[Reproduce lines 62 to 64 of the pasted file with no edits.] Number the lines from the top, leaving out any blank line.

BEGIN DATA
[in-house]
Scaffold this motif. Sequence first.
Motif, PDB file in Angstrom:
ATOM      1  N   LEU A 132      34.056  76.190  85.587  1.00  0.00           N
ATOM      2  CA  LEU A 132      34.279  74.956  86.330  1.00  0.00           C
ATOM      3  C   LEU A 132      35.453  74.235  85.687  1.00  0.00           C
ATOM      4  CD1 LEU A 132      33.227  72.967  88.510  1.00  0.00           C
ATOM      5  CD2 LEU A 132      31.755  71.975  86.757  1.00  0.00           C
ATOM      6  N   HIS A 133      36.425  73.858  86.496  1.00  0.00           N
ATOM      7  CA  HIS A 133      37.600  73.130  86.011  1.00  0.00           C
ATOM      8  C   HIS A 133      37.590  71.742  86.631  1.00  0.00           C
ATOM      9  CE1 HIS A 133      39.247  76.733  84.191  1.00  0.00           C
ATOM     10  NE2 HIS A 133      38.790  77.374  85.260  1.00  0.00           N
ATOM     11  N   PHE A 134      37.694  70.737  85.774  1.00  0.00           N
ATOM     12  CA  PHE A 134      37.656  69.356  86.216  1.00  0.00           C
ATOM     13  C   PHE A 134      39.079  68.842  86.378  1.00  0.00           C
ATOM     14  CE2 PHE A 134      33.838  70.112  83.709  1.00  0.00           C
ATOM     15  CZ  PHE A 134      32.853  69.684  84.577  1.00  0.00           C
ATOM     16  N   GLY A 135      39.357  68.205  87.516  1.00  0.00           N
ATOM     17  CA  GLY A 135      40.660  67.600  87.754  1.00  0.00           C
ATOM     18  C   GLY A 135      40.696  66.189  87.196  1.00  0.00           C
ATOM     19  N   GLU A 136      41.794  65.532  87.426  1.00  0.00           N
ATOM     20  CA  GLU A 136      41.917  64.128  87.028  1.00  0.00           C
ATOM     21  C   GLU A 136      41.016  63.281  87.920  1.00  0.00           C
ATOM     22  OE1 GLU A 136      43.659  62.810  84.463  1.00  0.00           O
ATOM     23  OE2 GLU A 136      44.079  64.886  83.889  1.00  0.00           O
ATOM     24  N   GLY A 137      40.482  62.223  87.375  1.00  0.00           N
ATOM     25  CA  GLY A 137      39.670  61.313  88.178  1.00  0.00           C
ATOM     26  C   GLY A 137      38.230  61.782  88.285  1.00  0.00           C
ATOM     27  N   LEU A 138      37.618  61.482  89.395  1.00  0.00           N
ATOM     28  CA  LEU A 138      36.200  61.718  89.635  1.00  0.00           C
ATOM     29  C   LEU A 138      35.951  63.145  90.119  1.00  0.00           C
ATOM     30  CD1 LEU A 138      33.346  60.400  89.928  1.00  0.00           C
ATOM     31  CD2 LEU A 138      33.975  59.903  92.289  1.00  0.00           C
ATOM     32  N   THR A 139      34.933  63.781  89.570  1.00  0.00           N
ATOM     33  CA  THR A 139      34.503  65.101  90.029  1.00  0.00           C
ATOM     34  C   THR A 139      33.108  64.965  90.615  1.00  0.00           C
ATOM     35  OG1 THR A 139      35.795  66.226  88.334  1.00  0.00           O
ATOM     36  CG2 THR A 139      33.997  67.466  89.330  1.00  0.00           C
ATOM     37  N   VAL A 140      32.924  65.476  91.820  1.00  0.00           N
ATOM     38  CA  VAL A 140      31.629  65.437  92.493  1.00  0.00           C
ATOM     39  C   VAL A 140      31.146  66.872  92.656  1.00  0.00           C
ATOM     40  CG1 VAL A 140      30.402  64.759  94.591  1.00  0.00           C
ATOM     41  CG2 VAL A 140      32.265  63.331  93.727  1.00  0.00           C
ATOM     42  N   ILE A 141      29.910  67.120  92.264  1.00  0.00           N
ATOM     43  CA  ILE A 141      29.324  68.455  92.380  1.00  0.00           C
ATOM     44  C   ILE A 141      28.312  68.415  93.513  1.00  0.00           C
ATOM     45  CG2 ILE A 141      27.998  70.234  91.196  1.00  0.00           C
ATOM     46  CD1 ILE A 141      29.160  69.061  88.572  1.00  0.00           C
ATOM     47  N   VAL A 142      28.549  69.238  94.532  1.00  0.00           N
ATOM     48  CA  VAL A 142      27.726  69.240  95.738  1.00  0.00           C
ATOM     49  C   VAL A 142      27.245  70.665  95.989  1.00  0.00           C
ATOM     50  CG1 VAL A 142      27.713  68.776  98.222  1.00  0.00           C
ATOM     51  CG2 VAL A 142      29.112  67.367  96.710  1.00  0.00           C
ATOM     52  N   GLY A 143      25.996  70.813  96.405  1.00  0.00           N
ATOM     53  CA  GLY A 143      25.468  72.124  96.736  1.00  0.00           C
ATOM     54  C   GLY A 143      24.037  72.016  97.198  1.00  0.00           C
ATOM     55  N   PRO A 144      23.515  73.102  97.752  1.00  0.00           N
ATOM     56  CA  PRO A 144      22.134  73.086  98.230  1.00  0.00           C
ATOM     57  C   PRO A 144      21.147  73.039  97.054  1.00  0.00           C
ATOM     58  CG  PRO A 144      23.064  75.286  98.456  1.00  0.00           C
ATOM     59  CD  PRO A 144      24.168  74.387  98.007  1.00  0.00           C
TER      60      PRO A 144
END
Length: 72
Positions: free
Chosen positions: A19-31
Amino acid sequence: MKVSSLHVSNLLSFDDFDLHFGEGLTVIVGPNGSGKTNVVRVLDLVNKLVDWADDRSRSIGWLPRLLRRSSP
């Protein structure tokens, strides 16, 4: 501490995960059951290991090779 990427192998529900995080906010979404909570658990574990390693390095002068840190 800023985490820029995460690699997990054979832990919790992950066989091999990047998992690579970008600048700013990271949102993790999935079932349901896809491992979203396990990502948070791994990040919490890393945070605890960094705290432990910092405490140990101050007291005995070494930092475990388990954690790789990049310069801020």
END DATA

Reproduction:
ATOM     59  CD  PRO A 144      24.168  74.387  98.007  1.00  0.00           C
TER      60      PRO A 144
END